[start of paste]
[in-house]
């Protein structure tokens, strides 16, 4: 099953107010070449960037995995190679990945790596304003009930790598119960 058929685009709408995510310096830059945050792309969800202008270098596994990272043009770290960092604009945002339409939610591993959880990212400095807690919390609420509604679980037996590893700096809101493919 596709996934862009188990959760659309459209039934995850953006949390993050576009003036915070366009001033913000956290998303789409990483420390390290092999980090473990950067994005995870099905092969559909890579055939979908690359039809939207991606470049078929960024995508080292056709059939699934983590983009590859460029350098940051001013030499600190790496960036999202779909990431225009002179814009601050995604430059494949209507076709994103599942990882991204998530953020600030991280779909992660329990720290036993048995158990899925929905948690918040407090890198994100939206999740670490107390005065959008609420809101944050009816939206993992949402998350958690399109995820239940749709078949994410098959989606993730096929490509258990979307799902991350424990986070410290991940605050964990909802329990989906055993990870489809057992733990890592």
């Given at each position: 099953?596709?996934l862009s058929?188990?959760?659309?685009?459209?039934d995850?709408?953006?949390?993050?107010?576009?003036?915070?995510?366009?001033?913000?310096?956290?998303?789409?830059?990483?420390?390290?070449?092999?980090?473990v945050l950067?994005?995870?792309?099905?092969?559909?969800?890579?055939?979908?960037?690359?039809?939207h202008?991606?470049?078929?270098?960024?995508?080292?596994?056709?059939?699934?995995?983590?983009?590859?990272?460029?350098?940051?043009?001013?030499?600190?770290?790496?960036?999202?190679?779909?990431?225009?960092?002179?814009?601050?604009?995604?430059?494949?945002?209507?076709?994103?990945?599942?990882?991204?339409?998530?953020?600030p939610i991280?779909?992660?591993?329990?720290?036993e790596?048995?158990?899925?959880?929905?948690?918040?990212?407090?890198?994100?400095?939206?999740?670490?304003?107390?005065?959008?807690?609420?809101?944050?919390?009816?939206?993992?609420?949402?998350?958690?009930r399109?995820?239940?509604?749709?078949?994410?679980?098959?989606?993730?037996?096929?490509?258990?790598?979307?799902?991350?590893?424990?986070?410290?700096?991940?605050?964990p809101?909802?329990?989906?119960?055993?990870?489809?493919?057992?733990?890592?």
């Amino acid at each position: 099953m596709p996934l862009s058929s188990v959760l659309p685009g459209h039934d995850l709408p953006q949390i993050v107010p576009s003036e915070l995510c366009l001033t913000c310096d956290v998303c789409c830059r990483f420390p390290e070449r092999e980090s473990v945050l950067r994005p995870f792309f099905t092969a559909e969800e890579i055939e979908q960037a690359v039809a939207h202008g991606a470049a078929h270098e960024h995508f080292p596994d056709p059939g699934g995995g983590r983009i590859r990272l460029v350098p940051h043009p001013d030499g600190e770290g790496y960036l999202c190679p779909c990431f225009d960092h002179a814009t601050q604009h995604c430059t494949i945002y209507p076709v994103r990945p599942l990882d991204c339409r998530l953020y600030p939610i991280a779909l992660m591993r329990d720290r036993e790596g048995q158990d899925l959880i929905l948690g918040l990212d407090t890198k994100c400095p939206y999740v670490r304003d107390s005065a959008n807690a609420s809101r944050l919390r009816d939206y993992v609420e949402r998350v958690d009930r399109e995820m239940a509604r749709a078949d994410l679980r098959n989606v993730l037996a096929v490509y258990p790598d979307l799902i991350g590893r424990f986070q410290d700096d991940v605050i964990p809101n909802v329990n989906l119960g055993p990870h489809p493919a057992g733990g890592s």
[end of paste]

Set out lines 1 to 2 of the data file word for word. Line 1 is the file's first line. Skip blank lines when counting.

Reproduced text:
[in-house]
């Protein structure tokens, strides 16, 4: 099953107010070449960037995995190679990945790596304003009930790598119960 058929685009709408995510310096830059945050792309969800202008270098596994990272043009770290960092604009945002339409939610591993959880990212400095807690919390609420509604679980037996590893700096809101493919 596709996934862009188990959760659309459209039934995850953006949390993050576009003036915070366009001033913000956290998303789409990483420390390290092999980090473990950067994005995870099905092969559909890579055939979908690359039809939207991606470049078929960024995508080292056709059939699934983590983009590859460029350098940051001013030499600190790496960036999202779909990431225009002179814009601050995604430059494949209507076709994103599942990882991204998530953020600030991280779909992660329990720290036993048995158990899925929905948690918040407090890198994100939206999740670490107390005065959008609420809101944050009816939206993992949402998350958690399109995820239940749709078949994410098959989606993730096929490509258990979307799902991350424990986070410290991940605050964990909802329990989906055993990870489809057992733990890592």